Things have slowed down a bit across the country. No, the market isn't bad, it's just that homes are now taking longer to sell and values are not skyrocketing like before. People still need places to live and homes still get sold and purchased. Only now, in order to avoid being that seller whose house took forever to sell, you have to be careful to take just the right steps before and during the sale. And what are those steps?: Here are the most essential...
Price properly. Remember this: "People purchase properly priced properties pronto." And overpriced homes can languish on the market for months. Now, there are two ways to come up with the sales price. One is to use a gut feeling and the other is to use available market data. The gut feeling method consists of finding out what the neighbor's home sold for last year, deciding that yours is much better, and then choosing the price that sounds good. This approach is quick, but buyers have a bad habit of not trusting the seller's gut feeling. The market data approach is a little more involved. It consists of comparing your home to similar properties that sold recently, properties that are currently for sale, and also takes into consideration the current market trends. This approach tends to produce a more accurate estimate of the home's value, and, as already mentioned, accurately priced homes just sell faster. By the way, real estate agents usually offer this analysis for free to their clients, so no, you won't have to do all the work yourself.
Carefully prepare your home for sale. We all live in homes that have some imperfections, and over time we become so used to those imperfections that we don't even notice them any more. But buyers look at homes with a critical eye and often concentrate on what's wrong with each home rather than what's right with it. Before placing your property on the market, get a second opinion about what improvements and reparis should be made. A trusted Realtor is a good source to turn to. Some sellers even hire a property inspector to check the home's vital systems. It's not a bad idea - the inspector is impartial and the buyer will want an inspection anyway. You might as well fix what needs to be fixed before the buyer makes it an issue and tries to use it to lower the price.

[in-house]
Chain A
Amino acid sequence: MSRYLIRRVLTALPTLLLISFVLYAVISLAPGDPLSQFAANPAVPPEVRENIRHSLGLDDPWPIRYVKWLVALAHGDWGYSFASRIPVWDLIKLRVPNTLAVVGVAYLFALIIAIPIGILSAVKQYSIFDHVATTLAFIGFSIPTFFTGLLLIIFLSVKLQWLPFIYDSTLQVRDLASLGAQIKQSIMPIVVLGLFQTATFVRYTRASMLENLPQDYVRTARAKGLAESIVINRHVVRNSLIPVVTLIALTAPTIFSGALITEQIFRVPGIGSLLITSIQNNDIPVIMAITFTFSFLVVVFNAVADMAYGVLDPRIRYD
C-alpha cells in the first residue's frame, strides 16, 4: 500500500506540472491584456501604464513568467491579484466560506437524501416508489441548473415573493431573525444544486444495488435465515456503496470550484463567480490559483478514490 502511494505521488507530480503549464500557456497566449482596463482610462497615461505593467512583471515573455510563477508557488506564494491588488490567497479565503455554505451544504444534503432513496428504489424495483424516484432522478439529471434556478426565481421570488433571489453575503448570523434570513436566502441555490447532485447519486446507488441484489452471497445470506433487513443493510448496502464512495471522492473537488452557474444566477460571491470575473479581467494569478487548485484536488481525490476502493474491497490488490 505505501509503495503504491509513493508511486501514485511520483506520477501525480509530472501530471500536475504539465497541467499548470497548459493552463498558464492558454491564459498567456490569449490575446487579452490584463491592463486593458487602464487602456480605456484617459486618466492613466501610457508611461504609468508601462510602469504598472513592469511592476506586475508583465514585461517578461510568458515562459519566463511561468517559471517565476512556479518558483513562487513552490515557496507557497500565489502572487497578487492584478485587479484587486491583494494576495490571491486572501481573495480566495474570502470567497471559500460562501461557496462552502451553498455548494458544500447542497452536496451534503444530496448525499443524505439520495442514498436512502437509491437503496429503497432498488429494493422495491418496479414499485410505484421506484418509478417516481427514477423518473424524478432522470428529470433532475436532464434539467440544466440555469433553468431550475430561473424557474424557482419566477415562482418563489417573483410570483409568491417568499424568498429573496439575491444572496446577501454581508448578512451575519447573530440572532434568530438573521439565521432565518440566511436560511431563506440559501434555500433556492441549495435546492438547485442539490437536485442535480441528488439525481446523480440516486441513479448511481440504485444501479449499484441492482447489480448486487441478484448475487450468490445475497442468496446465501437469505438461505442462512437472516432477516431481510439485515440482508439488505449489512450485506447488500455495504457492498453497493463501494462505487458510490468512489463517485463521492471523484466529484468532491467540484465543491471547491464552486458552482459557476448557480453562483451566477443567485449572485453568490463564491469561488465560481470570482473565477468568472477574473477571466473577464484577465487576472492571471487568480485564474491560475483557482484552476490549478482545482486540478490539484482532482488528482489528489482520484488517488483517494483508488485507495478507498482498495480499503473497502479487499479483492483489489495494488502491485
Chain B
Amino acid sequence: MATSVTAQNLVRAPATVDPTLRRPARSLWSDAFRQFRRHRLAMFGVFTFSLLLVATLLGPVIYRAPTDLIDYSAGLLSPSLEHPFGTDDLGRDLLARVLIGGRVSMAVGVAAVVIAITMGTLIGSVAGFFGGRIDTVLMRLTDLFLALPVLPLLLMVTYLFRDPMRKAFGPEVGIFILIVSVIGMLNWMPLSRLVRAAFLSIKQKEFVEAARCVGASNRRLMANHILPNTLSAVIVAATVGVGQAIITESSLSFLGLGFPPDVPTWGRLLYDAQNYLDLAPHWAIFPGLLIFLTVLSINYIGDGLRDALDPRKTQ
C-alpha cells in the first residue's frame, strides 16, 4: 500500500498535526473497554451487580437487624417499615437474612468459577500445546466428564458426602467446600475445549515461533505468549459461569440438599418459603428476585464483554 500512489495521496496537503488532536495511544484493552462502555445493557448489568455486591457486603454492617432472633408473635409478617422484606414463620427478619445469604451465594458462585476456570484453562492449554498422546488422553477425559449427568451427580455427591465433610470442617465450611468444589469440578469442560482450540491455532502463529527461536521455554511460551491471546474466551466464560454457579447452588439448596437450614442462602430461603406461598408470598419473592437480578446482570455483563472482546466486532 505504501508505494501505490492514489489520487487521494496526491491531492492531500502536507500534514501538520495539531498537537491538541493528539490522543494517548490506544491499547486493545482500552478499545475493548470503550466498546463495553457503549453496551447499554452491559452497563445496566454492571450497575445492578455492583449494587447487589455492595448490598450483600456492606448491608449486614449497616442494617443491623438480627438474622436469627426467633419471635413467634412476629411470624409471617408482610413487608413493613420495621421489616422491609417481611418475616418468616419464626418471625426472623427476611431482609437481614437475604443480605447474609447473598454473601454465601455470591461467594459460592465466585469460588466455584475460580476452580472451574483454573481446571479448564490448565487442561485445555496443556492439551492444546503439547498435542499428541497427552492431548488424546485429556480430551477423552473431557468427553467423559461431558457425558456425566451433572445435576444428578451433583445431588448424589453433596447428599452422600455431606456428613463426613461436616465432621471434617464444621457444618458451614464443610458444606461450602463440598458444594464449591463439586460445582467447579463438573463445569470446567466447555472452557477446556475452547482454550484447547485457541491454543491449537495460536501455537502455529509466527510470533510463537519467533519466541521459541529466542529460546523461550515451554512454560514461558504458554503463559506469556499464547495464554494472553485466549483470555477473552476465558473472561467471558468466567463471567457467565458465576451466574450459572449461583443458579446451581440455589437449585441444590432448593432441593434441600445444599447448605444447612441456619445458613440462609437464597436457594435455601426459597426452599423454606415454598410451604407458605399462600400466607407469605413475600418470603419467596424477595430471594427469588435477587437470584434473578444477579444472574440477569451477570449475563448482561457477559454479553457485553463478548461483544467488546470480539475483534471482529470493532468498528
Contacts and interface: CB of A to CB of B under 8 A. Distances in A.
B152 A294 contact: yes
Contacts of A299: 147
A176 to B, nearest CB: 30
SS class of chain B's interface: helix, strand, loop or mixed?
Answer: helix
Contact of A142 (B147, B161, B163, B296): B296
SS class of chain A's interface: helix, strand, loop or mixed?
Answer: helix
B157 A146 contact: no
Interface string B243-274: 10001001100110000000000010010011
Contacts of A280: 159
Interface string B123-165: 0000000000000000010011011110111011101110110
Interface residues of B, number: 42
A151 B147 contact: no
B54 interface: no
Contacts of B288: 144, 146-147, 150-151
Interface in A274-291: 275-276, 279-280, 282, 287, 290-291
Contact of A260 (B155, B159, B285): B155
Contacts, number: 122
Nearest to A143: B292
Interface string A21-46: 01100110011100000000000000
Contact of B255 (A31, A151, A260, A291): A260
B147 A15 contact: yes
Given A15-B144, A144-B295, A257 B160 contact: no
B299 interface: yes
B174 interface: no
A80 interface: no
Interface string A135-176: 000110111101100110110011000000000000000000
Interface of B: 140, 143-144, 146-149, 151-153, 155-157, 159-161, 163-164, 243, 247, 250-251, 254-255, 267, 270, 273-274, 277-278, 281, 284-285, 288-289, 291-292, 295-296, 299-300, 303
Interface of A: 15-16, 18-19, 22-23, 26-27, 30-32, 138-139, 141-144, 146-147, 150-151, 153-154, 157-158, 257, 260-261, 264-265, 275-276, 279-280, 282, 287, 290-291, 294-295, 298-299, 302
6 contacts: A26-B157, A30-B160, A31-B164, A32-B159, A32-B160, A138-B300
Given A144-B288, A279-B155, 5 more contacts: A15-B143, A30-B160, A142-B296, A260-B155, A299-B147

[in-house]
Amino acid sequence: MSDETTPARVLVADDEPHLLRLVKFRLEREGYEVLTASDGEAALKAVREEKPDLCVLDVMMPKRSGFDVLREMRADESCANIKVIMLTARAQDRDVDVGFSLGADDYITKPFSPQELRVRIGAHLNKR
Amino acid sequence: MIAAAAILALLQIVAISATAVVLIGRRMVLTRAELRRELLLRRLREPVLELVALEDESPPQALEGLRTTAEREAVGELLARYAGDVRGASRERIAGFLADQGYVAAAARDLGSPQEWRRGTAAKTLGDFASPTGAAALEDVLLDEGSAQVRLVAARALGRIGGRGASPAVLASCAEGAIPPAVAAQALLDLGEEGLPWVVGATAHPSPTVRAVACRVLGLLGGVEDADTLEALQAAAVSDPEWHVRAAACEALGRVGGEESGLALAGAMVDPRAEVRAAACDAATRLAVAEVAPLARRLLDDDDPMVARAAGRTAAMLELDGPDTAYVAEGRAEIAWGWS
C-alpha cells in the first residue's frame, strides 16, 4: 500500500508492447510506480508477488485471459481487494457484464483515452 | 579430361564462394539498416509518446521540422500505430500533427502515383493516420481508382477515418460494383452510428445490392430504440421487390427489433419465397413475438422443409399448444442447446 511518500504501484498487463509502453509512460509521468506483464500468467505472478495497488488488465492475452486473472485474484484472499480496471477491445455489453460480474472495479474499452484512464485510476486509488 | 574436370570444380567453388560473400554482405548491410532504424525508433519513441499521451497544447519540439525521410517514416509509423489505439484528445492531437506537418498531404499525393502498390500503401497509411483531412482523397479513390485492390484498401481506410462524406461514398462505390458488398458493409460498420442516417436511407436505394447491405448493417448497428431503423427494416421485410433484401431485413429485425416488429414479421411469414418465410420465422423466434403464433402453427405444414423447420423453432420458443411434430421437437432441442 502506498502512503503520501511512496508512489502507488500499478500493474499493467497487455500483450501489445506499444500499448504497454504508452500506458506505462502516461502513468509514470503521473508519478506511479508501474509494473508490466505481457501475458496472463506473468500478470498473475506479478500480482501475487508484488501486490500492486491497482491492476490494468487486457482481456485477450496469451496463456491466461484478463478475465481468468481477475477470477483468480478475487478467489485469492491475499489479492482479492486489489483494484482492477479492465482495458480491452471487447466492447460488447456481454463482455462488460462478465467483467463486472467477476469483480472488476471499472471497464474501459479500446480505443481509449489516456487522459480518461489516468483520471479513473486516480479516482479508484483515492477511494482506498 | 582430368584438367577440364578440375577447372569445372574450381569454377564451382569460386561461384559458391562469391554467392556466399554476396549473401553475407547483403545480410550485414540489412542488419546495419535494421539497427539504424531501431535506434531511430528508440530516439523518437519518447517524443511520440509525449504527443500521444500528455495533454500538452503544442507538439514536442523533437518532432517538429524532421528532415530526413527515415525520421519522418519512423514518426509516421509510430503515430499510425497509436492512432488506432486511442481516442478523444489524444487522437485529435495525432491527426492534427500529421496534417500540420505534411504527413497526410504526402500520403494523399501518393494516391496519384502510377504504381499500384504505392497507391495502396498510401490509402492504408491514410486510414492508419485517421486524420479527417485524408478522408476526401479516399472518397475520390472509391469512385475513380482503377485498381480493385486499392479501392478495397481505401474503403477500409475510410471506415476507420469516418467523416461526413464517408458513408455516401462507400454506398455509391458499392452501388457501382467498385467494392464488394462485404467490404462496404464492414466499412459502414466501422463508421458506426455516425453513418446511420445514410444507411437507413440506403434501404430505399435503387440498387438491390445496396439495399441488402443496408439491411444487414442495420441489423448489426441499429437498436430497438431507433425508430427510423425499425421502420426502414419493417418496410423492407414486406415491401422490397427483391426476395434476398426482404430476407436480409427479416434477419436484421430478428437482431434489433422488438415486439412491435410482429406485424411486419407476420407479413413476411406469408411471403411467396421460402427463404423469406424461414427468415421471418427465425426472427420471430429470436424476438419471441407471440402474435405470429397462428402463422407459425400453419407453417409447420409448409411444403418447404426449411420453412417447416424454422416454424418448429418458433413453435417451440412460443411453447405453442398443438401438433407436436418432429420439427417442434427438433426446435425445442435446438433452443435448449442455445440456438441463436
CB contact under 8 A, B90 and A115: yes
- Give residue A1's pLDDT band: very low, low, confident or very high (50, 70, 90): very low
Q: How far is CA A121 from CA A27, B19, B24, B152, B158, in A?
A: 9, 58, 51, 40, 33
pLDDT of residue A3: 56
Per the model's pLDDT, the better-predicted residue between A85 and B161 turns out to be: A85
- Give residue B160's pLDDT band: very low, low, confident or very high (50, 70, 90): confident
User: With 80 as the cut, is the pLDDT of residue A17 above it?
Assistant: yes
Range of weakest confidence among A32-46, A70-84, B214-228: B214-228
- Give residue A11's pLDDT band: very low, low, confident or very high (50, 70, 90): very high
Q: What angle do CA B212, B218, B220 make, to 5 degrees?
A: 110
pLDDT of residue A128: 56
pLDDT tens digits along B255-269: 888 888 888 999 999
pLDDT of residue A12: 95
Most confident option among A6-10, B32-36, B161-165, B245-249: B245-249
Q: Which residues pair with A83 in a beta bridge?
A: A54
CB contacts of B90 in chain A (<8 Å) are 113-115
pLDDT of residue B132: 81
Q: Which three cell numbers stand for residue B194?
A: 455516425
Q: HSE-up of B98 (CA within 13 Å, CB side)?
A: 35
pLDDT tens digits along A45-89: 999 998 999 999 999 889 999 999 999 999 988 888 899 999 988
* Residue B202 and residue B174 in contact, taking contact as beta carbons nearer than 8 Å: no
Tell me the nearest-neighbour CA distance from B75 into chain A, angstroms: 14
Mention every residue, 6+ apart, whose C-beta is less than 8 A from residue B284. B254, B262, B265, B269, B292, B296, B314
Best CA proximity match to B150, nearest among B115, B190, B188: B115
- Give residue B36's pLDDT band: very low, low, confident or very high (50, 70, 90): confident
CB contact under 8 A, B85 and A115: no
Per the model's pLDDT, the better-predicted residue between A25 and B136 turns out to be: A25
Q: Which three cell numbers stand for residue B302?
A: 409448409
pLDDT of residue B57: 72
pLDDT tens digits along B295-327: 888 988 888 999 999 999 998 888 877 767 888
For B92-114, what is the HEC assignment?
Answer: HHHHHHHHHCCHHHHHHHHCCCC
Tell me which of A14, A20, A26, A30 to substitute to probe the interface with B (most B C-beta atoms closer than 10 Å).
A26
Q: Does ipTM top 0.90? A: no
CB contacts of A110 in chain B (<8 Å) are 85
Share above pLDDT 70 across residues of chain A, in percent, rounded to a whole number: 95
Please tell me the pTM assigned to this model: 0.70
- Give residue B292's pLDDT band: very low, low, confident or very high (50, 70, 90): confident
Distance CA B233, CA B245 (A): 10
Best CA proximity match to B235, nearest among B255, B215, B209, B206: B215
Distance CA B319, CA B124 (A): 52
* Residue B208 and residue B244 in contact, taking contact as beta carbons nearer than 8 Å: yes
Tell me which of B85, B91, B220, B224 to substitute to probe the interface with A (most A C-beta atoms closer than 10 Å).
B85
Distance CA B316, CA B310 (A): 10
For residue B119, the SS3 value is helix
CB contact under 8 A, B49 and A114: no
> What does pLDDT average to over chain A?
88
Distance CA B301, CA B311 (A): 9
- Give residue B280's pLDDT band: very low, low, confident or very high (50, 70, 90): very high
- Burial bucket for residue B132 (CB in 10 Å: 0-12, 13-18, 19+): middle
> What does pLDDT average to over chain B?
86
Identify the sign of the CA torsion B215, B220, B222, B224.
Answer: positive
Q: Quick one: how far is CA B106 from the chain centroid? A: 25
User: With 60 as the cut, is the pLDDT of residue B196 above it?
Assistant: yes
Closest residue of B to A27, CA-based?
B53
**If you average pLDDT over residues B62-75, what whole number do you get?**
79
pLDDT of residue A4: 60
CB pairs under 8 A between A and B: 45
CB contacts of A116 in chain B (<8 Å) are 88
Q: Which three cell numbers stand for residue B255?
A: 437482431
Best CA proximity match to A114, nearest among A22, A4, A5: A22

Use a first-rate agent. The market slowing down means there are fewer buyers looking for homes. First-rate agents know where to find them. It's what we do for a living. Realtors talk to buyers daily, invest a lot of money in marketing (have you seen my VideoHomestories solution?) and also network with each other. A good agent will have a thorough knowledge of your market and have a proven marketing plan to sell your home. This all means a faster sale and fewer headaches for you, the seller. And where do you find such an agent? Hmm, let me see... I think you already know one... ;-)
Keep an open mind. In order to have a fast sale, it's sometimes necessary to sweeten the deal for the buyer. This doesn't have to mean significantly lowering your price; for most buyers the down payment is a much bigger concern. It makes sense - the down payment has to be paid in cash upfront, whereas increasing or decreasing the price by a few thousand dollars means just a few dollars difference in the monthly payment. So, rather than lowering your price, consider offering a "seller contribution." In other words, rather than coming down in price by, say $10,000, offer instead $5,000 towards the buyer's closing costs. This obviously saves you some cash, and it benefits the buyer more than a price decrease. There are also non-monetary concessions that you can offer to the buyer. For example, being flexible about the possession date or agreeing to make the sale contingent upon the buyers selling their home first. This could be a big deal for them, and no big deal for you. Doing the buyer a favor means a happier buyer, which could mean a faster sale for you and more money in your pocket.
There is, naturally, more that you can do to ensure a successful transaction in today's market - a short article in a weblog just can't cover it all. The good thing is that more advice is available by phone or email, directly from your favorite Realtor. I'm always available to talk to you, hear your questions and concerns, and offer professional advice. Just call. :-)